Just Do It

One of the times we "just did it."

There’s a television commercial I’ve seen a lot lately. The product being advertised has something to do with arthritis relief, and the voice-over proclaims that “a body at rest tends to stay at rest” while “a body in motion tends to stay in motion.” Issac Newton proved that, and it’s definitely been a fact of my life. The more I do, the more I tend to be able to do and want to do. That’s why it was a mistake for me to cast off this blog in order to write a book. That’s why this post is titled “Just Do it.”

When I was growing up, my family didn’t “do” much. Granted, we were quite poor. We didn’t have money to go out to dinner, take vacations, or see concerts and plays. I didn’t do any of those things until I started going out with friends. As a little girl, nothing much happened for me and my parents unless a relative invited us somewhere or somehow instigated something. In physics-speak, we were objects at rest, not changing our state of motion unless acted upon by an unbalanced force. (And believe me, some of my relatives were quite unbalanced forces! That’s part of what the book will be about.)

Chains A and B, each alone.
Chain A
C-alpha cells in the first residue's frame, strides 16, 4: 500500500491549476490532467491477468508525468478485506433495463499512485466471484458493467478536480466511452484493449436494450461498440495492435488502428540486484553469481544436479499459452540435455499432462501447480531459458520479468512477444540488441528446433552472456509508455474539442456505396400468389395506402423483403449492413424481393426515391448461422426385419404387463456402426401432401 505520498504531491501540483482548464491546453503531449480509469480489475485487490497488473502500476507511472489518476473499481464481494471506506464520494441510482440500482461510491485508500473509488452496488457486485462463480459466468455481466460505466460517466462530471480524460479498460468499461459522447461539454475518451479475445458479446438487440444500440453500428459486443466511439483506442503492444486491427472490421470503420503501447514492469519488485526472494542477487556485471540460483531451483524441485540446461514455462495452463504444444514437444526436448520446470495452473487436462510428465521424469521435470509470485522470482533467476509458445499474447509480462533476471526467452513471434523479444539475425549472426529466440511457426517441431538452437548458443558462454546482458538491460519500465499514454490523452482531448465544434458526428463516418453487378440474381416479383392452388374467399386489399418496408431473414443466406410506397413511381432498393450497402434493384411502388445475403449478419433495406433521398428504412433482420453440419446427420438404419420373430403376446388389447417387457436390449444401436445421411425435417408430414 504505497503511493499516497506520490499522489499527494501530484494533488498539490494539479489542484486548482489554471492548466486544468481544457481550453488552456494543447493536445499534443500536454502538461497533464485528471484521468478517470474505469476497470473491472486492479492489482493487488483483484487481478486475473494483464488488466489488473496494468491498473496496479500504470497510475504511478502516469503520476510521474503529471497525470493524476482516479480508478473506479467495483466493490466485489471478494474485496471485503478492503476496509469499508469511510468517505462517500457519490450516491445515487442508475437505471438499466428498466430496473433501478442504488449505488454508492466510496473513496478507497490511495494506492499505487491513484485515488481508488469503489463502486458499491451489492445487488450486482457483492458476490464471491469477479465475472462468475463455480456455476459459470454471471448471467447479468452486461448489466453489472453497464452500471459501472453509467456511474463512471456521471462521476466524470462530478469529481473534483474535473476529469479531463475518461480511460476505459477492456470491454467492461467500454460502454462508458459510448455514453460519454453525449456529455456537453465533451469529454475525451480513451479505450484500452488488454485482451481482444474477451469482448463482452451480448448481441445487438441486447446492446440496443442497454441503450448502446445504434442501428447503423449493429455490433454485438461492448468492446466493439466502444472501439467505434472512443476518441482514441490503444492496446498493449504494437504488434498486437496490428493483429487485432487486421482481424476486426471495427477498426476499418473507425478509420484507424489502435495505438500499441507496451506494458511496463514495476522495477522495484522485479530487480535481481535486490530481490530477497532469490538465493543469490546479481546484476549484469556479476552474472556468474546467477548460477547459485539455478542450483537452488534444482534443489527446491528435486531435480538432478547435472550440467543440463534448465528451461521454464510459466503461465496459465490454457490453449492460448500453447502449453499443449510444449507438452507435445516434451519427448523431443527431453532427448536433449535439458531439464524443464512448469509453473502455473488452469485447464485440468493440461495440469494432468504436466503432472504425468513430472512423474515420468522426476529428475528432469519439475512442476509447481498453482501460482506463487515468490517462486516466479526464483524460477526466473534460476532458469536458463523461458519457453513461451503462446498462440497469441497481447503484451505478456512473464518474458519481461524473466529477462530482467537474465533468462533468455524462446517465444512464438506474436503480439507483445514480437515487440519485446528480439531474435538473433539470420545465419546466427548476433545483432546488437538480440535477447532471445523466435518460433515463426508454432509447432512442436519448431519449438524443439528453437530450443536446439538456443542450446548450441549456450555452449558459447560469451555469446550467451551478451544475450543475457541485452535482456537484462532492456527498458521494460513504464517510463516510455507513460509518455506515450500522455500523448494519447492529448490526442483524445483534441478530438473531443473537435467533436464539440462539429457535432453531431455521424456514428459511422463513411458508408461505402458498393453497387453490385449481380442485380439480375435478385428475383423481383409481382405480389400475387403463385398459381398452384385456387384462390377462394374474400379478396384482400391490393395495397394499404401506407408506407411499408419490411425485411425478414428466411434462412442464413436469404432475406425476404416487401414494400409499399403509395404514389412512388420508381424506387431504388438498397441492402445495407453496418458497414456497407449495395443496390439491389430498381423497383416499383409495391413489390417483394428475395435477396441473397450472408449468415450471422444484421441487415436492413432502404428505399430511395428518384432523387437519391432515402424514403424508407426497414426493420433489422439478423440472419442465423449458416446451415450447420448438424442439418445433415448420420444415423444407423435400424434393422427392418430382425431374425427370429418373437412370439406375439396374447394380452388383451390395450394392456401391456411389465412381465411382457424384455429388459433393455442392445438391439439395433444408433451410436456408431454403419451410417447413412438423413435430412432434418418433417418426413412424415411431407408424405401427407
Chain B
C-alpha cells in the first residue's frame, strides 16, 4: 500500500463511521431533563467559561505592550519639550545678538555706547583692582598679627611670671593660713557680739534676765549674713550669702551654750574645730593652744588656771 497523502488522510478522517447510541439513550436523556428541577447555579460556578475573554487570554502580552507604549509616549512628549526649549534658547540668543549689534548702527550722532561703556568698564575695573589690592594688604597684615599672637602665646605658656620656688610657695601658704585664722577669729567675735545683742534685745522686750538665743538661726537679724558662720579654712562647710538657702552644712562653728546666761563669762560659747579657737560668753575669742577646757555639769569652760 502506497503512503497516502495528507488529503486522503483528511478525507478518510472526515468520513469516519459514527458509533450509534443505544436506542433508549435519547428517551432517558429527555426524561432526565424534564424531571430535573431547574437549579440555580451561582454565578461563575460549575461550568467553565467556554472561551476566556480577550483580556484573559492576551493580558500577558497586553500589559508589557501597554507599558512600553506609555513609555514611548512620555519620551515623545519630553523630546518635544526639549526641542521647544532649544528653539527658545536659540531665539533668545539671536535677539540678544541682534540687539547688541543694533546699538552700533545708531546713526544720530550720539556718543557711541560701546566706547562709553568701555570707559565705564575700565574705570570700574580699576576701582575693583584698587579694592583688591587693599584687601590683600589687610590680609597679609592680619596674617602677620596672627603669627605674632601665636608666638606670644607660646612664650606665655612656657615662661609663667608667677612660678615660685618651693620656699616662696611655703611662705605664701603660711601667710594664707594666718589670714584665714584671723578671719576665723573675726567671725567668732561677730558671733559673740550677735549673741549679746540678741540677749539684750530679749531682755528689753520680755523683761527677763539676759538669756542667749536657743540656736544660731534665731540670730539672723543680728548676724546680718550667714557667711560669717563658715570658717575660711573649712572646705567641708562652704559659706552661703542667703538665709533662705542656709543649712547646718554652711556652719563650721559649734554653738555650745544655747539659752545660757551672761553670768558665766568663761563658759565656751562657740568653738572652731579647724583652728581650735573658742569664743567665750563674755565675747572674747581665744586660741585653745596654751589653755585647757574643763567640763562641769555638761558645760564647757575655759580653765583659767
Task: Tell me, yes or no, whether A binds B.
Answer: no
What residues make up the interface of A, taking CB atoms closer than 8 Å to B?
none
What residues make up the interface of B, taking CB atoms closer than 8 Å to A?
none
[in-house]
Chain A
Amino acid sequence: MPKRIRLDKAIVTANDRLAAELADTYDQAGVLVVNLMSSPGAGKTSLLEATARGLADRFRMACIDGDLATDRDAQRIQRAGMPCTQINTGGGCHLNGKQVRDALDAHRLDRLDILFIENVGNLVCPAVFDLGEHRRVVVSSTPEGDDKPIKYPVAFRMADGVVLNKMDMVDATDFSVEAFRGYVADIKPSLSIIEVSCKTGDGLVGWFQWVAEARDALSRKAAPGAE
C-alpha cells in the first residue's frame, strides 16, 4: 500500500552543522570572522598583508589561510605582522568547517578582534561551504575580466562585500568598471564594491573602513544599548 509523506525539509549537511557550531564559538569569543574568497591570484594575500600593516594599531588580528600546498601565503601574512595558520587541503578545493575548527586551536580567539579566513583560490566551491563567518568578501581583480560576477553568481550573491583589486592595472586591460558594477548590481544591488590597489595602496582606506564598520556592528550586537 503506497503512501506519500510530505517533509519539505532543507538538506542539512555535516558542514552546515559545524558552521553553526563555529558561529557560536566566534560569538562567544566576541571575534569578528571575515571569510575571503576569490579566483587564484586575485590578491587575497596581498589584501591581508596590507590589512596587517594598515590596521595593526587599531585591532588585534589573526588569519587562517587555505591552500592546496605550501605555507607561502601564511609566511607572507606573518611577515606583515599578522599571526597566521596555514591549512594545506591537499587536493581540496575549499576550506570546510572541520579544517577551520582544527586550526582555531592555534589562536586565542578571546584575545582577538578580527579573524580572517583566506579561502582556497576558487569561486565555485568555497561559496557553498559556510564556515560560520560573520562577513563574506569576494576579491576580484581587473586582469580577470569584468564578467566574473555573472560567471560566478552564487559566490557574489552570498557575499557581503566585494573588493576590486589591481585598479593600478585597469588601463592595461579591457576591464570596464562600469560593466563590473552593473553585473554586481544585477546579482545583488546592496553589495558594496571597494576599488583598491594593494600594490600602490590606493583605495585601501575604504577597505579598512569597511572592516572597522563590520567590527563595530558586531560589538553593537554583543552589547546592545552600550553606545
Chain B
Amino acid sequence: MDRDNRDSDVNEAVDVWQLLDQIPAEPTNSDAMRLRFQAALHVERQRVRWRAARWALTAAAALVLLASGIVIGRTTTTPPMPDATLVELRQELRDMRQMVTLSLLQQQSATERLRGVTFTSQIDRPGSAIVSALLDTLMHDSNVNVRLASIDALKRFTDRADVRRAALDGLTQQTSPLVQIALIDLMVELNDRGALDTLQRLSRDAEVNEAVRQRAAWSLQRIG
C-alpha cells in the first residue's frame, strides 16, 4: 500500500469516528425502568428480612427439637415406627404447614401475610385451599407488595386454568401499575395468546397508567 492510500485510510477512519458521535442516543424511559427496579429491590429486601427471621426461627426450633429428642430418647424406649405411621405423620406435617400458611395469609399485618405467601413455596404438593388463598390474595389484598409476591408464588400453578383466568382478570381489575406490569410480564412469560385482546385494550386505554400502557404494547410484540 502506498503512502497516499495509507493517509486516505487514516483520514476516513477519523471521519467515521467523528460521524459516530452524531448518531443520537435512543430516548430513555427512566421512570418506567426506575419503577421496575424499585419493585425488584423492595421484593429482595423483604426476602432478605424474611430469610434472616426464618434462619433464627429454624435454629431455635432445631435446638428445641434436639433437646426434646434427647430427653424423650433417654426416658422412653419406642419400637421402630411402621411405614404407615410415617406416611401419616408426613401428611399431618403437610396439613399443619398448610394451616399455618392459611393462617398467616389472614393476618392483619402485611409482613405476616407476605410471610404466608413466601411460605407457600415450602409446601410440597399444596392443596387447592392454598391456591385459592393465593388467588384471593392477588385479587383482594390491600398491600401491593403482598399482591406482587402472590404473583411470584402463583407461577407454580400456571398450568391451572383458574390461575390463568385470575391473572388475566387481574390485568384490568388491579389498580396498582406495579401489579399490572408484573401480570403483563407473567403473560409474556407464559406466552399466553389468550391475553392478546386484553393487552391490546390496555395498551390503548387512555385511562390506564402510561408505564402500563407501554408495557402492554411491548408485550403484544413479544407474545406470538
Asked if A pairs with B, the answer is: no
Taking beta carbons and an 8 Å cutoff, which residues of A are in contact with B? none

In the family I have now, I’m the primary instigator. As I got older, I slowly realized that I had the power to defy my learned inertia. Unschooling helped. I’m certain of that. Removing the  confines of the school calendar created a complex new life calendar, unfettered by outwardly imposed mandatory attendance. My family likes it when I put us in motion: read a review and then buy tickets to the play, or see a yard sale on the side of the road and pull over. It’s a good feeling to know that as-yet-unthought-of things are entirely possible.

When I was a kid, there was a carnival that set itself up along the major highway in my area every summer. It looked glorious—Ferris wheel turning, lights shining at night, merry-go-round spinning all day long. Never once did the car I was in ever stop at that carnival. I’d stop now. I’m in the driver’s seat now.

I say: Stop for ice cream. Go to Europe. Walk the extra block to where the crowd is gathered and find out why. Like what Sandra Dodd calls strewing, living a motion-filled life “changes things out,” providing your family with new and exciting experiences that involve “time together, shared experiences and conversation.”

For heaven’s sake, just do that.

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2 Responses so far »

  1. 1

    Laura Weldon said,

    It’s in the discovery isn’t it? And the lovely way those discoveries lead us into fuller lives.


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